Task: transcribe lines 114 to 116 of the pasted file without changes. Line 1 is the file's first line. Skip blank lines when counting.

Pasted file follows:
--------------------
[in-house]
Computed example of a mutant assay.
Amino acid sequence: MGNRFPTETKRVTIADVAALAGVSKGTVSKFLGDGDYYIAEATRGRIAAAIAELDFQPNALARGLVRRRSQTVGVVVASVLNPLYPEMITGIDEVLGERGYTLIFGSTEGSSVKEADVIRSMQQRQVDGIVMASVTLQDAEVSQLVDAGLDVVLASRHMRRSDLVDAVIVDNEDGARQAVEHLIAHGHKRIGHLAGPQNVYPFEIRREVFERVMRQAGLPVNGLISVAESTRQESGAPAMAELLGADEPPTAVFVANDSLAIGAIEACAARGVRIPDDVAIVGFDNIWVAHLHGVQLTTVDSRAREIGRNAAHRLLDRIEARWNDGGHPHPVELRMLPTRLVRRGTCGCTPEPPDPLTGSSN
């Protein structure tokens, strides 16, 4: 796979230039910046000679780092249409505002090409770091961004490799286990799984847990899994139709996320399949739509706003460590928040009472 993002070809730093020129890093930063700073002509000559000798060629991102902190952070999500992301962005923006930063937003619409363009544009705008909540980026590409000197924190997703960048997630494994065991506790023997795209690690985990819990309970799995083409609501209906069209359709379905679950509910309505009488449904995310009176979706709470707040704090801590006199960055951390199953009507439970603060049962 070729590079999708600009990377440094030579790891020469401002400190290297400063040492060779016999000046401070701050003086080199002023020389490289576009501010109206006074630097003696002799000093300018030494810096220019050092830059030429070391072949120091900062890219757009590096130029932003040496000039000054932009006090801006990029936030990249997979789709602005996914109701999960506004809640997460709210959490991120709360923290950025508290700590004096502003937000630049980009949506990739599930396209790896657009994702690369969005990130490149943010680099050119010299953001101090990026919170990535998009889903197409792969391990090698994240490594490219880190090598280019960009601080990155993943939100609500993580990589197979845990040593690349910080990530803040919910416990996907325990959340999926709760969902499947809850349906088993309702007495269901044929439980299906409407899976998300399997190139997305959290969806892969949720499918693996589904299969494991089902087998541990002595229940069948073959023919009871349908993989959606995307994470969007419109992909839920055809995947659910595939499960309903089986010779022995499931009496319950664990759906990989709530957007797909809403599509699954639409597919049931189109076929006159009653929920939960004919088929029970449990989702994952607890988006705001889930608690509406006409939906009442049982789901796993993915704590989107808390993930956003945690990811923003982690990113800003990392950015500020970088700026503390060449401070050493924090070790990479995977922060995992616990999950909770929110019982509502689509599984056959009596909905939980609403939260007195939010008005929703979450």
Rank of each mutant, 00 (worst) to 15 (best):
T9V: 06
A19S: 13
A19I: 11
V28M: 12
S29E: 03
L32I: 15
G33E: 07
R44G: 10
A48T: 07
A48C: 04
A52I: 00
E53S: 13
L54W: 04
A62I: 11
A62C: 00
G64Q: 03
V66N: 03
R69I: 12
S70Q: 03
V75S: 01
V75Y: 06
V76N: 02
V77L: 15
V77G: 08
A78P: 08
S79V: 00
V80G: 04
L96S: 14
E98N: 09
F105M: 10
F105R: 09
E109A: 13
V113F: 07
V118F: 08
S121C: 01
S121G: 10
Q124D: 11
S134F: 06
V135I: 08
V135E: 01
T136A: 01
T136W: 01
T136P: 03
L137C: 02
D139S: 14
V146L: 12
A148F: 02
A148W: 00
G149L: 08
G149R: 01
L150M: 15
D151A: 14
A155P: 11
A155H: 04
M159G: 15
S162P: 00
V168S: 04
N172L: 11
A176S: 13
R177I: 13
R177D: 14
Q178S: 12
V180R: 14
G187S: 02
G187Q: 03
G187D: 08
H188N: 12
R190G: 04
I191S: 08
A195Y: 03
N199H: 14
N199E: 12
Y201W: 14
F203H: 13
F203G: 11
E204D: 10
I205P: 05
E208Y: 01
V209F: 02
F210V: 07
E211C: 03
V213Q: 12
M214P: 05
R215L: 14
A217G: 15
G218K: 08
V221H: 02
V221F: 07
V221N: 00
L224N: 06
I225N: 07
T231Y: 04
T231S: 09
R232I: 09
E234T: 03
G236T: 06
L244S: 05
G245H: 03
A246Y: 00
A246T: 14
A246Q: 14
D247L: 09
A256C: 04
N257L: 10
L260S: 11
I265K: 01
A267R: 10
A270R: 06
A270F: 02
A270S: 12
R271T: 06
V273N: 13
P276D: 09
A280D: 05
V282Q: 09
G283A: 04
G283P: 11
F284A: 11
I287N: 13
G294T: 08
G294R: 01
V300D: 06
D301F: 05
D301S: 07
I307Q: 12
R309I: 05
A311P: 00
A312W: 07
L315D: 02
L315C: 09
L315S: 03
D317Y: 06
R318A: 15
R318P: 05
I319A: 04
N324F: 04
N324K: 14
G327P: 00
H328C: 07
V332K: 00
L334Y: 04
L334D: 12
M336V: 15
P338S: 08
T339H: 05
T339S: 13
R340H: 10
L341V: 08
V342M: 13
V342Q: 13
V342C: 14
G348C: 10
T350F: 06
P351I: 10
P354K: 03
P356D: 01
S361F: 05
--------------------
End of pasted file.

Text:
A270F: 02
A270S: 12
R271T: 06